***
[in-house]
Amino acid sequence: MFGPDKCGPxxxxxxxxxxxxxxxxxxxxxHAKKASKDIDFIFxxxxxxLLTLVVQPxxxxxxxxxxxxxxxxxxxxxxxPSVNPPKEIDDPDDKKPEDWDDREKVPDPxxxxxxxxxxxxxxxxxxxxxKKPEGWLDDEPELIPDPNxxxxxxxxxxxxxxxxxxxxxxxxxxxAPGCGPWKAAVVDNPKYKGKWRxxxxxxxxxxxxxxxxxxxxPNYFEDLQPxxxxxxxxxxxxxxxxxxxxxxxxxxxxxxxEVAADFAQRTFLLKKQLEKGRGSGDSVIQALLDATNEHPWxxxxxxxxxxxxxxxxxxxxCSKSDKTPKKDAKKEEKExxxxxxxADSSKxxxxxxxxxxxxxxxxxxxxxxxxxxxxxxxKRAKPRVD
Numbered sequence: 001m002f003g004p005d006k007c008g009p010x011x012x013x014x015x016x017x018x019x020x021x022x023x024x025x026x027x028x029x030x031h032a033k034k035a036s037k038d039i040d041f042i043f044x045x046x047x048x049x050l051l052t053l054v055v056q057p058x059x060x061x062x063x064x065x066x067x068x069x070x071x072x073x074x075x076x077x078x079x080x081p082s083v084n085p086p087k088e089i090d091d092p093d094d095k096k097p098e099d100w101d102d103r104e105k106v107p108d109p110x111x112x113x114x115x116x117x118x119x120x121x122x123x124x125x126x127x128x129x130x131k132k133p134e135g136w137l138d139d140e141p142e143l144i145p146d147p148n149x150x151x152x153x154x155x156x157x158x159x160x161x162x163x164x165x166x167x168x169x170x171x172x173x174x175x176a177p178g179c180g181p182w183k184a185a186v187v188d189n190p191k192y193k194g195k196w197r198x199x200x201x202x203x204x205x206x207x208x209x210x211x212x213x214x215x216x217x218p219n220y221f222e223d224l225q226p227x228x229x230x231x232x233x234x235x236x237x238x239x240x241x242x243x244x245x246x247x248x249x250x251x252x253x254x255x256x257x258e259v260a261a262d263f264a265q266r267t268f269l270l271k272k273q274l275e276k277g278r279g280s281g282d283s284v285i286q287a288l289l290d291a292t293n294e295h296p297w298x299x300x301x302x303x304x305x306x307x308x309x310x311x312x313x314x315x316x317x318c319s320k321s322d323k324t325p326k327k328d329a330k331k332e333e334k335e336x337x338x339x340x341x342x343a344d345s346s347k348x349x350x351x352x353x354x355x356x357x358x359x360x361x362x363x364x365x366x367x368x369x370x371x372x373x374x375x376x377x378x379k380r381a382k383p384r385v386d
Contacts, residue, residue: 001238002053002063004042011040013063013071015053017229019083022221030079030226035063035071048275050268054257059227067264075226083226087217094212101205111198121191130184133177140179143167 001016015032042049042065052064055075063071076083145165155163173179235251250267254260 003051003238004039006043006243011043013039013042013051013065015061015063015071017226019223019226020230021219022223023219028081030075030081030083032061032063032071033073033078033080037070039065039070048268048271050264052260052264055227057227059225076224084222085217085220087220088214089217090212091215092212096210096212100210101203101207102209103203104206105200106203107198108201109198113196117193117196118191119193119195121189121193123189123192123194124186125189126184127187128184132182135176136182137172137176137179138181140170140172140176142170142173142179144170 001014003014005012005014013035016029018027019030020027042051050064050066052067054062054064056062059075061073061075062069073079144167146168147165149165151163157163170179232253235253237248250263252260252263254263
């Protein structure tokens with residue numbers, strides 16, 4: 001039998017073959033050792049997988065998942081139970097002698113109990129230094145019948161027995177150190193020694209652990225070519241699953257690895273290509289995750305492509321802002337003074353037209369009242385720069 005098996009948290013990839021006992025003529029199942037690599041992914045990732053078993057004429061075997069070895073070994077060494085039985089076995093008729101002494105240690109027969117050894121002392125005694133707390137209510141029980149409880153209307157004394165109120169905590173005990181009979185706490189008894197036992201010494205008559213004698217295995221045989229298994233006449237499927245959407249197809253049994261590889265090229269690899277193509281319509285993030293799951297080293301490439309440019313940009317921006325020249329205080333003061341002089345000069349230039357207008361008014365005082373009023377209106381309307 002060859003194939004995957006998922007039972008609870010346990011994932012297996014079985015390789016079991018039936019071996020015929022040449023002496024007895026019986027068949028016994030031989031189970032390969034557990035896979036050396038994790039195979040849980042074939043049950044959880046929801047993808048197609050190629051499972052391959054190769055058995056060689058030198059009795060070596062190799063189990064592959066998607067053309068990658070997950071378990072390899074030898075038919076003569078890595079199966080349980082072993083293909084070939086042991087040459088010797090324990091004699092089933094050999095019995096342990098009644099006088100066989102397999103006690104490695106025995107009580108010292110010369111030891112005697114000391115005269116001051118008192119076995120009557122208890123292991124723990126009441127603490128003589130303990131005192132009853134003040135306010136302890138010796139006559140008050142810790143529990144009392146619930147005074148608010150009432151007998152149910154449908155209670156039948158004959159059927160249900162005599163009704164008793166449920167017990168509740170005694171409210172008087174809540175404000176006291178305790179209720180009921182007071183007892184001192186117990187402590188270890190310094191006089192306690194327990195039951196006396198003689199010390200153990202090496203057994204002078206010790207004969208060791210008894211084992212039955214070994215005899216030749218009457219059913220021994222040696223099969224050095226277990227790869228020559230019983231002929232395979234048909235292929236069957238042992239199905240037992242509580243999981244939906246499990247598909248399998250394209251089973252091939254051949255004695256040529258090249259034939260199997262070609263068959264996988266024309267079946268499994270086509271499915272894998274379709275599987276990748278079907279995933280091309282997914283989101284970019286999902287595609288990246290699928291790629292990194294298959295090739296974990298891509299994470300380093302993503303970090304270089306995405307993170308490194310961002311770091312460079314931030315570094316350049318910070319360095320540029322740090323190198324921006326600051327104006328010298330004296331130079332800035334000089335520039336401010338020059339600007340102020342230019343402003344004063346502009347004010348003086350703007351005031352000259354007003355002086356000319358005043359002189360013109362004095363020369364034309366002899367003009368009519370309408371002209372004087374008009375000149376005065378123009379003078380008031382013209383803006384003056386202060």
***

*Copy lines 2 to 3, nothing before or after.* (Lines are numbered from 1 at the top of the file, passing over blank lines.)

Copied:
Amino acid sequence: MFGPDKCGPxxxxxxxxxxxxxxxxxxxxxHAKKASKDIDFIFxxxxxxLLTLVVQPxxxxxxxxxxxxxxxxxxxxxxxPSVNPPKEIDDPDDKKPEDWDDREKVPDPxxxxxxxxxxxxxxxxxxxxxKKPEGWLDDEPELIPDPNxxxxxxxxxxxxxxxxxxxxxxxxxxxAPGCGPWKAAVVDNPKYKGKWRxxxxxxxxxxxxxxxxxxxxPNYFEDLQPxxxxxxxxxxxxxxxxxxxxxxxxxxxxxxxEVAADFAQRTFLLKKQLEKGRGSGDSVIQALLDATNEHPWxxxxxxxxxxxxxxxxxxxxCSKSDKTPKKDAKKEEKExxxxxxxADSSKxxxxxxxxxxxxxxxxxxxxxxxxxxxxxxxKRAKPRVD
Numbered sequence: 001m002f003g004p005d006k007c008g009p010x011x012x013x014x015x016x017x018x019x020x021x022x023x024x025x026x027x028x029x030x031h032a033k034k035a036s037k038d039i040d041f042i043f044x045x046x047x048x049x050l051l052t053l054v055v056q057p058x059x060x061x062x063x064x065x066x067x068x069x070x071x072x073x074x075x076x077x078x079x080x081p082s083v084n085p086p087k088e089i090d091d092p093d094d095k096k097p098e099d100w101d102d103r104e105k106v107p108d109p110x111x112x113x114x115x116x117x118x119x120x121x122x123x124x125x126x127x128x129x130x131k132k133p134e135g136w137l138d139d140e141p142e143l144i145p146d147p148n149x150x151x152x153x154x155x156x157x158x159x160x161x162x163x164x165x166x167x168x169x170x171x172x173x174x175x176a177p178g179c180g181p182w183k184a185a186v187v188d189n190p191k192y193k194g195k196w197r198x199x200x201x202x203x204x205x206x207x208x209x210x211x212x213x214x215x216x217x218p219n220y221f222e223d224l225q226p227x228x229x230x231x232x233x234x235x236x237x238x239x240x241x242x243x244x245x246x247x248x249x250x251x252x253x254x255x256x257x258e259v260a261a262d263f264a265q266r267t268f269l270l271k272k273q274l275e276k277g278r279g280s281g282d283s284v285i286q287a288l289l290d291a292t293n294e295h296p297w298x299x300x301x302x303x304x305x306x307x308x309x310x311x312x313x314x315x316x317x318c319s320k321s322d323k324t325p326k327k328d329a330k331k332e333e334k335e336x337x338x339x340x341x342x343a344d345s346s347k348x349x350x351x352x353x354x355x356x357x358x359x360x361x362x363x364x365x366x367x368x369x370x371x372x373x374x375x376x377x378x379k380r381a382k383p384r385v386d